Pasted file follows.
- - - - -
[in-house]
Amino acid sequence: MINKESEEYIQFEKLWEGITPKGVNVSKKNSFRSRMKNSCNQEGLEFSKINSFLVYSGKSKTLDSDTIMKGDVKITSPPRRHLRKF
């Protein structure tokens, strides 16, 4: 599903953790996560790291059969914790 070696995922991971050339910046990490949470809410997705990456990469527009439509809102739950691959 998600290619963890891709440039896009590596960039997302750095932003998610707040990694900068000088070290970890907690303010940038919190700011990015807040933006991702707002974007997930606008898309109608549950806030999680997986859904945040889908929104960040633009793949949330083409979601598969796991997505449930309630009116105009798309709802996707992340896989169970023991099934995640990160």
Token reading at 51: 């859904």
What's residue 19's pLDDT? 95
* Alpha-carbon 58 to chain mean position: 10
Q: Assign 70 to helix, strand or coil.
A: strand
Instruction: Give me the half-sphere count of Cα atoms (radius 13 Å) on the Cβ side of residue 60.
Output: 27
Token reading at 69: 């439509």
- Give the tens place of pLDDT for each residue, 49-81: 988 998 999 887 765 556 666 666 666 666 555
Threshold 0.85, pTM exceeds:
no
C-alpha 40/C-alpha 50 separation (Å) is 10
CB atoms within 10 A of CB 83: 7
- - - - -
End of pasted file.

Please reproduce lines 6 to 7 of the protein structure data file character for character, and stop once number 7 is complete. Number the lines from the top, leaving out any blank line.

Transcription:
* Alpha-carbon 58 to chain mean position: 10
Q: Assign 70 to helix, strand or coil.